Check a Credential
You see several letters after an advisor's name. You assume the letters, the media calls them alphabet soup, mean the advisor is a real financial expert. This is a very dangerous assumption.
Real financial experts acquire certifications (CFP, CFA, CPA, CIMA) that require extensive studies, proctored examinations, and hours of continuing education each year. This specialized knowledge helps them deliver the advice and services you need to achieve your financial goals.
Lower quality advisors buy fake certifications for a few hundred dollars. There is no extensive study, examinations, or continuing education. They use the purchased certifications to convince unsuspecting investors that they are financial experts.
You would never knowingly select an advisor who uses this deceptive sales practice.
Industry regulations do not require any form of disclosure that describes the quality of certifications. This makes it your responsibility to research the credentials of financial advisors before you select them.
Many advisors target seniors with this deceptive sales tactic. The Consumer Financial Protection Bureau says there are 50 fake or misleading credentials that target seniors. If you are a senior, don't buy until you have checked the quality of the advisor's credentials.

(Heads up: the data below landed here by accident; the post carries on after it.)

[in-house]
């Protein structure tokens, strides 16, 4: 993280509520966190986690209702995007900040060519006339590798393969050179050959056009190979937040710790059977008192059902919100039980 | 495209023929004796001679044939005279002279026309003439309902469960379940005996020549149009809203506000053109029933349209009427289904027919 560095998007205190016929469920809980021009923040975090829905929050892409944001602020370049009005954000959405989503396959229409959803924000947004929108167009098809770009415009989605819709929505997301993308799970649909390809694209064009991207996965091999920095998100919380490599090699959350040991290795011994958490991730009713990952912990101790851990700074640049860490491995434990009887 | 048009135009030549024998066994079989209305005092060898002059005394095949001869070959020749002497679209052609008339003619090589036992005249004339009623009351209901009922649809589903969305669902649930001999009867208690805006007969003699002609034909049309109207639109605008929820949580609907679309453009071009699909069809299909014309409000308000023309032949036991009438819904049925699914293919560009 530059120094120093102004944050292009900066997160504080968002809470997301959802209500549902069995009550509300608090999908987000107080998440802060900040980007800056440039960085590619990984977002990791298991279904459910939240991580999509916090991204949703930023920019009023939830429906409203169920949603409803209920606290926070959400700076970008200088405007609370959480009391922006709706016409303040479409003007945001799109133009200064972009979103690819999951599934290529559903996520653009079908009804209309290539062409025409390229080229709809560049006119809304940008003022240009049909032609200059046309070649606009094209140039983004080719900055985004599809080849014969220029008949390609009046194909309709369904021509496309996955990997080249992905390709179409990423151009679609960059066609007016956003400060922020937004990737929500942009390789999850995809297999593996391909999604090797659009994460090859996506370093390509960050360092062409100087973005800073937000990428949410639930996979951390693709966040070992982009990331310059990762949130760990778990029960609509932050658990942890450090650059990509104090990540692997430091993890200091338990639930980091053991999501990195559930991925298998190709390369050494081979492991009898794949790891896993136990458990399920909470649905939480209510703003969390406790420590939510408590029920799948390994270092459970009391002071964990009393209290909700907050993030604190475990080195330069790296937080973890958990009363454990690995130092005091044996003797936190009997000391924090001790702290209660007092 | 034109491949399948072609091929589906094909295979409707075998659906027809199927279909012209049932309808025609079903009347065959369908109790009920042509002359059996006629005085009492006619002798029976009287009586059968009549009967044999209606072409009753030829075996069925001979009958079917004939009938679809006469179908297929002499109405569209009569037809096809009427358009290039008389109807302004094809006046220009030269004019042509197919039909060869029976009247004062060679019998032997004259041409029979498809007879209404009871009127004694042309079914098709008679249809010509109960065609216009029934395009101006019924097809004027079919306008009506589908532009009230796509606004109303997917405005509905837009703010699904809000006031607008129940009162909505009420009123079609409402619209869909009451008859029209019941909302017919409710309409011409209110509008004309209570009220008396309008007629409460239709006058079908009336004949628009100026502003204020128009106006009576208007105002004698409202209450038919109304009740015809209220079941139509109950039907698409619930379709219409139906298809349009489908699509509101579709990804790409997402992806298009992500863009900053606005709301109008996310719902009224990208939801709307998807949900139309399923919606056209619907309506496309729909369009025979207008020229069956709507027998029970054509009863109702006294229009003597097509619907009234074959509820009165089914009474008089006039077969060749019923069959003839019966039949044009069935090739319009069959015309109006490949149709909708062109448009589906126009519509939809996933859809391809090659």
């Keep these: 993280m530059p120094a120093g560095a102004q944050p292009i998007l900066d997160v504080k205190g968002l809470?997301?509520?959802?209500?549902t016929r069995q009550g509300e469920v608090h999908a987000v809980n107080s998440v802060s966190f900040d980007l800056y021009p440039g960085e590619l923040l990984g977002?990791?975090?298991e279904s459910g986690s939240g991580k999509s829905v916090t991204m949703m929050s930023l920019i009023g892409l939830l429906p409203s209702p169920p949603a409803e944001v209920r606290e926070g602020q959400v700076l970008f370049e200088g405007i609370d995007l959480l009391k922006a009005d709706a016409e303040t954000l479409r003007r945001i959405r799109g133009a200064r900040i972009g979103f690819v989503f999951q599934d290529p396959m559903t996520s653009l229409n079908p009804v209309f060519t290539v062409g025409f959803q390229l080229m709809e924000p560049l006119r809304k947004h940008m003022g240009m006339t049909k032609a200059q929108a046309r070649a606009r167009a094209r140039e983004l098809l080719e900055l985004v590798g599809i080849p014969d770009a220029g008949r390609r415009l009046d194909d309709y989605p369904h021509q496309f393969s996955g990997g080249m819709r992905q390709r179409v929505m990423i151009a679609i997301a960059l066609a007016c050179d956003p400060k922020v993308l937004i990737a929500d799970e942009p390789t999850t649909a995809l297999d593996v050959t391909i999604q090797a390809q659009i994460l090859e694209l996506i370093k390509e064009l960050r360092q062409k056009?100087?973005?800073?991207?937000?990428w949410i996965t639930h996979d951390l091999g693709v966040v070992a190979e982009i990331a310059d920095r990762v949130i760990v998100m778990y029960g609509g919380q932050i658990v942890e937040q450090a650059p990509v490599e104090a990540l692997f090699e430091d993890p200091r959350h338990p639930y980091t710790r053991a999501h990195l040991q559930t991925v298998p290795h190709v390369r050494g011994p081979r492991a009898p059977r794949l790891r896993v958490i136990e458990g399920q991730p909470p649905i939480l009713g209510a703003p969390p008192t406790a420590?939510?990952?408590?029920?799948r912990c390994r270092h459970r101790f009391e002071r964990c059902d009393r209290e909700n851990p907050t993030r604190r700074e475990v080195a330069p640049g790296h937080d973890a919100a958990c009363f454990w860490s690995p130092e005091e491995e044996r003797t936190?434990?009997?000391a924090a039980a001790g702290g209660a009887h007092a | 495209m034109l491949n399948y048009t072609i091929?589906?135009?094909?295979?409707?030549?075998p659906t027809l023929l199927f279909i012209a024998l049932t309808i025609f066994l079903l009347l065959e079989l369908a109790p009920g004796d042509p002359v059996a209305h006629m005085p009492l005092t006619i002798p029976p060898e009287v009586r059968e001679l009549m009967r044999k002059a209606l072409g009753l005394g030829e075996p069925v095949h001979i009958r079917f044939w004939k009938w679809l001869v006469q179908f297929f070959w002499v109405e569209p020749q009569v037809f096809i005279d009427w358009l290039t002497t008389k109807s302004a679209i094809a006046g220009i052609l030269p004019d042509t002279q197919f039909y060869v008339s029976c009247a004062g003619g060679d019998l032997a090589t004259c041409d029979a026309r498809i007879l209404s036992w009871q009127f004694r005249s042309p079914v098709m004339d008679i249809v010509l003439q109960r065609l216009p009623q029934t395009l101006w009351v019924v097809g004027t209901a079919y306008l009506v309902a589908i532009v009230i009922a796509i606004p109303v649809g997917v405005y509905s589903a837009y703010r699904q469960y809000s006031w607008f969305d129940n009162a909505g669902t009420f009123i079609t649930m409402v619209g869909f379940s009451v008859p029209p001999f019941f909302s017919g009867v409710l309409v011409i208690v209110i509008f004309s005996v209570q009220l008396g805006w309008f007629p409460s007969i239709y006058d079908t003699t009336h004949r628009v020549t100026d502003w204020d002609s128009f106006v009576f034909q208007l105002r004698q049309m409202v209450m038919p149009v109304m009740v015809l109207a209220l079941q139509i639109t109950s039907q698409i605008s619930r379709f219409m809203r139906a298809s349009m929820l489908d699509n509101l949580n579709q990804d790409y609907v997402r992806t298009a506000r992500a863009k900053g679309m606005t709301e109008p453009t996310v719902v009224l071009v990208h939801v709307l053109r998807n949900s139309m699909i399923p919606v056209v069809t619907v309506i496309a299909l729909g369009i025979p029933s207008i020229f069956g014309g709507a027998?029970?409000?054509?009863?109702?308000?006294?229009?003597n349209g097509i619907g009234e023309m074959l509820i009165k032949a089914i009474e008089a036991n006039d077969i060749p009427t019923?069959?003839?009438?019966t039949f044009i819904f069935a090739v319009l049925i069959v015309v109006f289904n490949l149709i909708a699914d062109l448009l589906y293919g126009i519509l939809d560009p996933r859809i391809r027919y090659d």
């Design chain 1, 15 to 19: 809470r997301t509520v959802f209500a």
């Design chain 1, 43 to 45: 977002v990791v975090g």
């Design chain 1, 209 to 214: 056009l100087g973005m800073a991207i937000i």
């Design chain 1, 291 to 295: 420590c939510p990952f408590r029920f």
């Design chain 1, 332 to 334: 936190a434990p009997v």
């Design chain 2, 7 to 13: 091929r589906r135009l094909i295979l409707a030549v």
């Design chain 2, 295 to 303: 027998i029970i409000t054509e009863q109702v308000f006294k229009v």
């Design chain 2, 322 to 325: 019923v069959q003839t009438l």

Free, Fast & Easy
Advisors use this deceptive sales practice because they know most investors will not take the time to research the quality of their credentials.
We have conducted the research for you. Our fast, easy-to-use service provides reports for more than 250 frequently used advisor credentials.
All you do is input the letters of the credential (CFP) and review the report. The services is FREE and there are NO registration requirements.
You may run into a certification that is not listed in Paladin's database. You can submit the certification to us and we will research it for you. There is no cost for this service - you are helping us expand our database. We will conduct the research in three business days and notify you when it is available for your viewing.
How do you trust advisors who use fake credentials to misrepresent their expertise?